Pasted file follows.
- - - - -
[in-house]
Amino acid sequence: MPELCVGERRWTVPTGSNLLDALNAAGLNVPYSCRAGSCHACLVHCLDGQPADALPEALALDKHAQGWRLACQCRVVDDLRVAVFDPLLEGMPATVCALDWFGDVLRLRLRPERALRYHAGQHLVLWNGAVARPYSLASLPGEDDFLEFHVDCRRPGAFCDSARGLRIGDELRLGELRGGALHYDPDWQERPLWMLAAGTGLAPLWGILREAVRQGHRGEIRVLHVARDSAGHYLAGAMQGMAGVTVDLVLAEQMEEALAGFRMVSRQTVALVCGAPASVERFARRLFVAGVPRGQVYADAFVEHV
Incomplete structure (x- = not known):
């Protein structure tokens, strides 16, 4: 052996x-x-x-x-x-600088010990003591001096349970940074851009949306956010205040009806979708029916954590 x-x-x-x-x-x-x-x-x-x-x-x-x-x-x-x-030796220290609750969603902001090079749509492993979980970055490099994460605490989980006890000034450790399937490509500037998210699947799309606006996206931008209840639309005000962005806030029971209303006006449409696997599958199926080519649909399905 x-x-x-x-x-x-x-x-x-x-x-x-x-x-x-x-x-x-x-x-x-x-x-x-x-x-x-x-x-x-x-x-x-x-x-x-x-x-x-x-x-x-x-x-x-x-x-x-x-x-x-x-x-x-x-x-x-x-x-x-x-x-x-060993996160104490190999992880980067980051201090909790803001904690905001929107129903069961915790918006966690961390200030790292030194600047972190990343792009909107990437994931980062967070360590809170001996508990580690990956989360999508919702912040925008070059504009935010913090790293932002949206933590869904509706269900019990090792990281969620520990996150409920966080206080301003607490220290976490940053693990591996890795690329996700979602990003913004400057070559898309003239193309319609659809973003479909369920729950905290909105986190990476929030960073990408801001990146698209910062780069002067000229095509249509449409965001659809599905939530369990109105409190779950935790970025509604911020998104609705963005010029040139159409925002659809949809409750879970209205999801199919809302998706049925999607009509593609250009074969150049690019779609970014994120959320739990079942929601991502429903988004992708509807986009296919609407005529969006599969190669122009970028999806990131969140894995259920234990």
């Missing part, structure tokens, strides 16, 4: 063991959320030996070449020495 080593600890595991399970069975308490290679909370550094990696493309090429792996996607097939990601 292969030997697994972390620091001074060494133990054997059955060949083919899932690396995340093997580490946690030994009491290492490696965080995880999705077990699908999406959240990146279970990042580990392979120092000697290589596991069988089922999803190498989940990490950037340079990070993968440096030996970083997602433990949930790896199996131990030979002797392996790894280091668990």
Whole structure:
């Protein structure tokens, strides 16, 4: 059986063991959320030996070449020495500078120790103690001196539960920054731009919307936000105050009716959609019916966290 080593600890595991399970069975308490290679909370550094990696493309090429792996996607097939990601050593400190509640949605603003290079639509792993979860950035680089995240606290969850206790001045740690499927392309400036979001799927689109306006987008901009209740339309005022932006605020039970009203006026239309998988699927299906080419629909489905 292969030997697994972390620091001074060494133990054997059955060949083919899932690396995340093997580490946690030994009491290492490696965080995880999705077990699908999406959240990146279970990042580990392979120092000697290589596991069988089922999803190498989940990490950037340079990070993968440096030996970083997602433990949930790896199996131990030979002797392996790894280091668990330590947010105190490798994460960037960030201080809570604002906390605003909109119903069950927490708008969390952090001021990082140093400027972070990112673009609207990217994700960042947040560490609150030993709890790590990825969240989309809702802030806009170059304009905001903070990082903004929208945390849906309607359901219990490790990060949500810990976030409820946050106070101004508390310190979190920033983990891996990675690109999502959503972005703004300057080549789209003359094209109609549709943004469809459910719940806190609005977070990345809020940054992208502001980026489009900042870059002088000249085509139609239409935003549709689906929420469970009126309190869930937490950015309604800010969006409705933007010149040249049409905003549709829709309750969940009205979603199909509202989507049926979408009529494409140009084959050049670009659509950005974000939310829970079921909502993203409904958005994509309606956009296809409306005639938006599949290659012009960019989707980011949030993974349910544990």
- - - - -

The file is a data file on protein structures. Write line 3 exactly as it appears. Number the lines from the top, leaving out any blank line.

Incomplete structure (x- = not known):